A year ago, the Springfield Arts Council’s Youth Arts Ambassadors were wide-eyed, a bit nervous and enthused attending their first iTheatrics Junior Theater Festival.
After unexpectedly winning an Excellence in Acting Award and a handful of individual honors, 47 Ambassadors and chaperons return to Atlanta today for the three-day event as more of a family, filled with confidence and prepared to stand out again amongst 7,000 young performers from several states and foreign countries.
Originally envisioned as a biennial event for the Ambassadors, Arts Council Art Education Director Krissy Brown couldn’t resist returning based on that initial success.
“It was too hard not to bring them back. There was so much camaraderie and they were tearful at what they did,” she said. “It will be a much different experience. There are all kinds of adult role models and hearing feedback from them means more.”
In addition to the performers, the Ambassadors will have more opportunities such as three tech kids being able to learn more about their craft and student music directors Tim Compston and Ben Hunt will gain new insights.
Groups are required to do a 15-minute show performance. For their first experience last year the Ambassadors were unique as the only group to do “Fame, Jr.” This time out they’ll be among several groups doing “Frozen, Jr.,” a show they did last fall at the John Legend Theater.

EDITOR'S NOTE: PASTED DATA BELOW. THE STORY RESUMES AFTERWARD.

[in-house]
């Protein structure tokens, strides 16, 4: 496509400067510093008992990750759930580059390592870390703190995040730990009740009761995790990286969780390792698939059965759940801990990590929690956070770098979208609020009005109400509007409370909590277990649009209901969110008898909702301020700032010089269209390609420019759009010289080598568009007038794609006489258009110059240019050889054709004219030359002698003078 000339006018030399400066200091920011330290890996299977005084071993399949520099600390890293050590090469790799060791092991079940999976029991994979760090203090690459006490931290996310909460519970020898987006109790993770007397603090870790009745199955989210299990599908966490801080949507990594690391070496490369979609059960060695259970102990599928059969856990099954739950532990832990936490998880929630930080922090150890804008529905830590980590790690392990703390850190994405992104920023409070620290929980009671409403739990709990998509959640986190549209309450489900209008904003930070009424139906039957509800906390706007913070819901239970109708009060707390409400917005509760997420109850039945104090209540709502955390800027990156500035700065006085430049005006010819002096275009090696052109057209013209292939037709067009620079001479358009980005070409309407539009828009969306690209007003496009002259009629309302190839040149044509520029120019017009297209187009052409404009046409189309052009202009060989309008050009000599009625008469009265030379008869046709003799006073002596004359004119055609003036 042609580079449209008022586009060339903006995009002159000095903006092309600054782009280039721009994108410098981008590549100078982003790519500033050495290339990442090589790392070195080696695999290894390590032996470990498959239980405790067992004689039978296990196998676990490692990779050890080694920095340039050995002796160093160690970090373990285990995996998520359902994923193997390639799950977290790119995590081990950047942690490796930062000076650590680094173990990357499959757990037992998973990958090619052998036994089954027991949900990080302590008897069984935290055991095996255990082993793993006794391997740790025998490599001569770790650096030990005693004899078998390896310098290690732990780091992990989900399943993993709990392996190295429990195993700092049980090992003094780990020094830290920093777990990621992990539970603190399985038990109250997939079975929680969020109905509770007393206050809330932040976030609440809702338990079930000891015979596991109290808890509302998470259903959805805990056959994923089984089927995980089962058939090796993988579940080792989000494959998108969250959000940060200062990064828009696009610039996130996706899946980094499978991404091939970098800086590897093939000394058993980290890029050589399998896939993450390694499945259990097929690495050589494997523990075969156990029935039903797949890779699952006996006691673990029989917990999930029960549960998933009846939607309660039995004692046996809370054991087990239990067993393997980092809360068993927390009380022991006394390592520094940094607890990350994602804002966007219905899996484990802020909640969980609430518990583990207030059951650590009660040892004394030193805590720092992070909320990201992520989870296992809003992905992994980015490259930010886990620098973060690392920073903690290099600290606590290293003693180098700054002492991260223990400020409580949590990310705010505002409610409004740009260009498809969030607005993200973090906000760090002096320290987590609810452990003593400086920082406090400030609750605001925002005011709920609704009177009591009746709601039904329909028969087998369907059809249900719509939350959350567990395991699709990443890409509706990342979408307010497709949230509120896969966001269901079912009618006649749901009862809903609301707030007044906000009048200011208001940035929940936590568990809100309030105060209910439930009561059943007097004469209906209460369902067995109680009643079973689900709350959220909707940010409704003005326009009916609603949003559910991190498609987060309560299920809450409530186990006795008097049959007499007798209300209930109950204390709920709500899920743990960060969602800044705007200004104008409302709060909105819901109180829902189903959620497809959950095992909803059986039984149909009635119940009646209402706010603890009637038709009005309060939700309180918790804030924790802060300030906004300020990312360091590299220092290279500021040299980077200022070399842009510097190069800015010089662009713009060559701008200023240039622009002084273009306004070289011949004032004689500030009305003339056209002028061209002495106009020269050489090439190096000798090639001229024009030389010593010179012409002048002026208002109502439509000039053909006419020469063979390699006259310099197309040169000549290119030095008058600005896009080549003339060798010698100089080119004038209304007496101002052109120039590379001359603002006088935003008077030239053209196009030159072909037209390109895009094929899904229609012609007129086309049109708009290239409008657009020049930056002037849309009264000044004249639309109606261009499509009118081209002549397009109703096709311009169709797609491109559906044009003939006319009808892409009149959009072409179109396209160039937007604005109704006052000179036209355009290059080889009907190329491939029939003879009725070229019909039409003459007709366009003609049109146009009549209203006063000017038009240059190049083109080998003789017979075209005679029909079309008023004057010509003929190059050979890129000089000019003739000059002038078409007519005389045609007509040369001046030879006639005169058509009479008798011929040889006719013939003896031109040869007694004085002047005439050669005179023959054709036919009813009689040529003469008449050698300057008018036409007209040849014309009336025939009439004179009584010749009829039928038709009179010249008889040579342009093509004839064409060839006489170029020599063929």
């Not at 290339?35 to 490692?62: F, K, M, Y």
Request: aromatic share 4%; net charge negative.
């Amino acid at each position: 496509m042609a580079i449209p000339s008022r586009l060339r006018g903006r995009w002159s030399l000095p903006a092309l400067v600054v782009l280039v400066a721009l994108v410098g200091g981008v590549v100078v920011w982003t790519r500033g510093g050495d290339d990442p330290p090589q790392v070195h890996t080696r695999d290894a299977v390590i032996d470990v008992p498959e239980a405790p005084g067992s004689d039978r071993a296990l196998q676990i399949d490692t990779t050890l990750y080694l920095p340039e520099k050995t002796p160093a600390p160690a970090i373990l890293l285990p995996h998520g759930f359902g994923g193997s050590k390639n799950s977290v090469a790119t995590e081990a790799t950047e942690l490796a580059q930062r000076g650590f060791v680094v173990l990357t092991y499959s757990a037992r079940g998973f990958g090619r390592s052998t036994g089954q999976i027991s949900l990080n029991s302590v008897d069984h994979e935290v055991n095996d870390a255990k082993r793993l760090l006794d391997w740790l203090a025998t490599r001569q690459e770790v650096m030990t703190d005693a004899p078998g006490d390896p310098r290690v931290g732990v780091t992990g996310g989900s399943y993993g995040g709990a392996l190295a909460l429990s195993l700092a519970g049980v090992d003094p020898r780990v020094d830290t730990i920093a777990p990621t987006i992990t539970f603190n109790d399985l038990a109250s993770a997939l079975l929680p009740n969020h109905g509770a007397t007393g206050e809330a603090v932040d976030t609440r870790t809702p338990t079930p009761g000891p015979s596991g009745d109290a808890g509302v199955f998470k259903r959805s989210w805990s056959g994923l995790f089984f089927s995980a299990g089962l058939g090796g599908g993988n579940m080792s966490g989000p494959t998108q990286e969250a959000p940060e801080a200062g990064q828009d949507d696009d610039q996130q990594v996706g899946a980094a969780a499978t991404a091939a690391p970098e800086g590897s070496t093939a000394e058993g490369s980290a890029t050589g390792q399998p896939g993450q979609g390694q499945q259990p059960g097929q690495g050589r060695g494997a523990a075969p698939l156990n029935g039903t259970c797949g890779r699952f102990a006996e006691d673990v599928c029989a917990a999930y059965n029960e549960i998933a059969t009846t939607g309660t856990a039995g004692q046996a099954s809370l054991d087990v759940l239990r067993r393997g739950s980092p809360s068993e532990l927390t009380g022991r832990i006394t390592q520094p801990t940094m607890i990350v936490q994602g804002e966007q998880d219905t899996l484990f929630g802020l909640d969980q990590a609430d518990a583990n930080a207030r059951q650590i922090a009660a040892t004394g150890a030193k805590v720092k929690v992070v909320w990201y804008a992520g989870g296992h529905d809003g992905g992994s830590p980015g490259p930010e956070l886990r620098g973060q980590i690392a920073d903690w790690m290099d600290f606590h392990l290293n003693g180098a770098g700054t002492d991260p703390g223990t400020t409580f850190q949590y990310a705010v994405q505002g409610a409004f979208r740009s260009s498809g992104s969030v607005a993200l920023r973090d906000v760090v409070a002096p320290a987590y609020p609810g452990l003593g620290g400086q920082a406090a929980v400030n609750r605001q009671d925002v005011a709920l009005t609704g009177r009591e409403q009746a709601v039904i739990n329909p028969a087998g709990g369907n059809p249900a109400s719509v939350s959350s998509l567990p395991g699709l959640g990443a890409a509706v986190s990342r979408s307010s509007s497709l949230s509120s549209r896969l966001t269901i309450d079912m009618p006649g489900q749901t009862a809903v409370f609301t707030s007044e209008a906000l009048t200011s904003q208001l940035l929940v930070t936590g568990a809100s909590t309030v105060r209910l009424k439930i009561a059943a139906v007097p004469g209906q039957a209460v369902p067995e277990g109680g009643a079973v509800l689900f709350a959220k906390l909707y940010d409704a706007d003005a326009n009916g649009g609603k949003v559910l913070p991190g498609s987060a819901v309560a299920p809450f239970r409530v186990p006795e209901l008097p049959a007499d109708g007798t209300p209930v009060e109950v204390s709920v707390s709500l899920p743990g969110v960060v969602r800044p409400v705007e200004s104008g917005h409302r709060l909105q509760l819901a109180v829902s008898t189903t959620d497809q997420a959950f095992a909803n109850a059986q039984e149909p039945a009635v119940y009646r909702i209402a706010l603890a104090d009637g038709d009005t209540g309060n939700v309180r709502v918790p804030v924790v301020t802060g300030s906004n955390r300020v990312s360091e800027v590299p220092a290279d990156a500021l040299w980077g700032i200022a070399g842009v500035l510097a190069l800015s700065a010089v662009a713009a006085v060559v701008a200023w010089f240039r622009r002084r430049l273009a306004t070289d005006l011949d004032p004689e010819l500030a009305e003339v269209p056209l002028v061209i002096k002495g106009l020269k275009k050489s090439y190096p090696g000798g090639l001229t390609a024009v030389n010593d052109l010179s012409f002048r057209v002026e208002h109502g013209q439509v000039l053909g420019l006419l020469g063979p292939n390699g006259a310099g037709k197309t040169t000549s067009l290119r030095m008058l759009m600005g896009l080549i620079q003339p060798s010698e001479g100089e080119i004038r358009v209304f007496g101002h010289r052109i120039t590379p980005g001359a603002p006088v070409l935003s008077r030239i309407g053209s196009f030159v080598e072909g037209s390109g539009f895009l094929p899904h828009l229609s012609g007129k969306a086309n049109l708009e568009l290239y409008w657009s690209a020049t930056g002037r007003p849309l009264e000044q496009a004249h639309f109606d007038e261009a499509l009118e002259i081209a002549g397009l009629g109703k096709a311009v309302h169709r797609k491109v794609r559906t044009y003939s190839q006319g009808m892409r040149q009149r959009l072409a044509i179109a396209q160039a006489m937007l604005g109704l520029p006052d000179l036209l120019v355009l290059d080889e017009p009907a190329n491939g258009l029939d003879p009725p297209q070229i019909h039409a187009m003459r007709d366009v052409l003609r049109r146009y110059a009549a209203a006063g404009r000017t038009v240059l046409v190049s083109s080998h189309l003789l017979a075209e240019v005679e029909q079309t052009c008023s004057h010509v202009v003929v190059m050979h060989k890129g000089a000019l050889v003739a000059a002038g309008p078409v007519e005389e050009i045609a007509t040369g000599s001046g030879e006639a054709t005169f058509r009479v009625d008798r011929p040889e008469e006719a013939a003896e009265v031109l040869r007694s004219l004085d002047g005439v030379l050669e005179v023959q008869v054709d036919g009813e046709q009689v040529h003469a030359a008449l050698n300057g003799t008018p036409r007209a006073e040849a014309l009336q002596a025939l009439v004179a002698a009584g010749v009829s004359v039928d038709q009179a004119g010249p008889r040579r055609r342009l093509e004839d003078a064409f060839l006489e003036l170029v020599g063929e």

“The kids are up to the challenge of being compared to others doing the same thing,” Brown said. “Their professionalism has gone up a thousand percent.”
An extra incentive is they’ll perform for Caissie Levy, who originated the role of Elsa in “Frozen” on Broadway.
According to Brown, the goal of this trip is to go in and get more experience and not be disappointed if no awards come back to Springfield. Another benefit was discovering that these shorter shows aren’t just for kids, and the performers are taking them more seriously and finding that shorter doesn’t mean less important.
Part of the rehearsal has been transforming the Ambassadors into “musical theater gangsters,” which means smiling while being tough, Brown said.
Prior to rehearsals, the group sits in a circle and freely share concerns about what could improve their take on “Frozen, Jr.” Yet even more hands shoot up with what they’re super confident about, offering praise for each other and meshing as a family of performers, not just a group.
Roosevelt Middle School student and longtime Ambassador Evie Ohlers is a festival returnee and applying what she’s learned, playing the young version of Anna in “Frozen.”
“The biggest thing I learned was if you’re going to do something, commit to it. I hope people can see you don’t have to be super technical to get emotion across.”
Ohlers admits she still gets nervous, but excited also.
Landen Hilton, a freshman at Global Impact STEM Academy, is on his first festival trip for the experience, to have fun with his friends and get better perspective from professionals. Like Ohlers, he is nervous, but channeling that into excitement.
“I’m ready to have the time of my life,” he said.
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